Appreciate the convenience of living on campus

Living on campus your first two years is truly a blast. You have access to everything you need on campus. People, events close by, a meal plan, a bed five minutes from your classroom so you can wake up 10 minutes before class  with just enough time to brush your teeth and put on sweats. Life is good when you’re living on campus.

According to the university policy on residence halls, it is mandatory that you live on campus through junior year, with a few exceptions.

As a senior you can petition to get off campus. I enjoy living on campus more than trying to get a house or apartment off campus.

I am blessed to be surrounded by great friends who have been or have become my roommates over the past  four years I’ve been here. I have had fun rolling out of bed Saturday to hear the cheers and screams from Mt. Clef and William Rolland Stadiums.

I have enjoyed the havoc and pranks my friends and I have played with other friends. Being on campus is like living in Neverland, and I am Peter Pan.

But  there are students who don’t enjoy living on campus as much as I do. They can’t deal with the ‘‘authority’’ of the resident assistants. They are too loud and get in trouble for it.

Some of them want to drink in the dorms but get caught. They just want to be their own authority. They want to have their own good time and have even more privacy. But wanting this privacy comes at a big risk.

Say you want to throw some sort of party at your off-campus house. Your roommates are down, you go out and buy some booze, charge $5 at the door and invite maybe 50 of your friends.

Now, 50 of your friends are telling their friends, who are telling friends. Pretty soon you have 150 drunk 18 to 20 year olds in your home.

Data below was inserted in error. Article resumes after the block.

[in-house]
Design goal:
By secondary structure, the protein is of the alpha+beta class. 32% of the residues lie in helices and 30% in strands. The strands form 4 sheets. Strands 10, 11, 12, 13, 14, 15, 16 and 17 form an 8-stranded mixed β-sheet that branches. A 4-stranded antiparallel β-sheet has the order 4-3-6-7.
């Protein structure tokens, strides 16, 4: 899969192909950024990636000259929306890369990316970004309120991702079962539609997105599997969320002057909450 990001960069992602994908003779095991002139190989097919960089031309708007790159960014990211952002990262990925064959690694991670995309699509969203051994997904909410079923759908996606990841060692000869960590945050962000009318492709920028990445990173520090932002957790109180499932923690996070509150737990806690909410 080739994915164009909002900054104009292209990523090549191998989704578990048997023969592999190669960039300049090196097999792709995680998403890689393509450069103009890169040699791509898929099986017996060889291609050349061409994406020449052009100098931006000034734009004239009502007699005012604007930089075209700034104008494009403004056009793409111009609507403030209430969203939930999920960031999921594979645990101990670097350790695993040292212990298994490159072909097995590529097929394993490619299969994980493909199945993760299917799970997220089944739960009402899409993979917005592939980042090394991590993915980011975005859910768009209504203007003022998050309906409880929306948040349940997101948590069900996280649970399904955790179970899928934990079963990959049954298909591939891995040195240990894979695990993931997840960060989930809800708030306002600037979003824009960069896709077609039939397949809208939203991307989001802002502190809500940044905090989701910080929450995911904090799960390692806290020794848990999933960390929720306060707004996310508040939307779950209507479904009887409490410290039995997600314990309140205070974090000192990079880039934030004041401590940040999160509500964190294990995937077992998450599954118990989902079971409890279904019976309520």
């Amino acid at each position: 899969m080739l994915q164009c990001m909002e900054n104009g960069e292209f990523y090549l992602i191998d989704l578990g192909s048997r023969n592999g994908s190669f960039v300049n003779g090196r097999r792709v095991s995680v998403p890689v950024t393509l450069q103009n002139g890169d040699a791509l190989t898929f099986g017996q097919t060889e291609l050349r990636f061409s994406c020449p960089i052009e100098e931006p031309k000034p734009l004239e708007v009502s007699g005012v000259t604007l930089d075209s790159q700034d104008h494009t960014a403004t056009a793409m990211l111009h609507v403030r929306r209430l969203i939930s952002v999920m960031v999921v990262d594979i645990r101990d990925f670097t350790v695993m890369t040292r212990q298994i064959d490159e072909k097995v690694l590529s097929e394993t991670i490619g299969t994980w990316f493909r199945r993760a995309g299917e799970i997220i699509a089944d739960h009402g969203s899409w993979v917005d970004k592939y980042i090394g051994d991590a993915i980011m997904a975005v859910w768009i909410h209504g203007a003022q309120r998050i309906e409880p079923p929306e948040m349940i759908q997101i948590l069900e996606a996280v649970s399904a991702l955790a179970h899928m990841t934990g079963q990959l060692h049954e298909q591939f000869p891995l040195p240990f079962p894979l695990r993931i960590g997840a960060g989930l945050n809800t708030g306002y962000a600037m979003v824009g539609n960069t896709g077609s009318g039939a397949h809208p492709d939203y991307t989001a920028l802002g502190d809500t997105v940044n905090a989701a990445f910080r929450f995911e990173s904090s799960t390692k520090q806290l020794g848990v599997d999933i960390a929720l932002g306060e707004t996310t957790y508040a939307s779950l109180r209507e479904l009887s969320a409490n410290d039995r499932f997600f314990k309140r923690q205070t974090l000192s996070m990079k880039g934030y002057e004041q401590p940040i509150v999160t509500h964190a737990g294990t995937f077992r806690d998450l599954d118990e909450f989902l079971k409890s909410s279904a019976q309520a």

The police will likely be called and you will be slapped with an expensive ticket for providing alcohol to underage drinkers.

You have this ticket, pay it off in time, lose the safety deposit for your place and you may be looking at a possible eviction from the landlord.

By no means am I trying to scare you out of moving off campus, but I would like to urge you to reconsider.

Nate Fall, assistant director of Residence Life is not looking to deny your petition to live off campus, but is merely looking out for your own good.

“The issue of moving off campus is they really don’t understand the world they go into,” said Fall. “We have, what I think are nice halls for a number of reasons. We get it: As upperclassmen, you want to live in an apartment-style complex and that’s why we have them.”

There are exceptions to the stereotypical, off-campus student.Junior Lee Trotter was merely fed up with the bad luck he had with roommates and on-campus living quarters.

“I needed my space from being in a dorm with four other people. The college charm of living with others kind of wore off,” said Trotter. “I felt like I would work better in an off-campus environment.”

Trotter was going into his junior year knowing that he was on the waiting list for Trinity hall.

He was stuck with a terrible selection number, and was placed in the same exact room as the previous year. Trotter finally got fed up with it.

“We feel responsible enough now, we are juniors,” said Trotter.

Don’t be in a rush to grow up. By no means am I saying walk around in diapers or pull a “Van Wilder” but just enjoy the moments you have.

Enjoy the easy access to food. Enjoy the people and the opportunities you have with one another on campus. Enjoy being surrounded by more than 1,000 of your peers.

Just enjoy your life here because when you’re out of college with adult worries, you’re going to wish you never left Neverland.

 

Rafael Padilla
Staff Writer
Published Nov. 7, 2012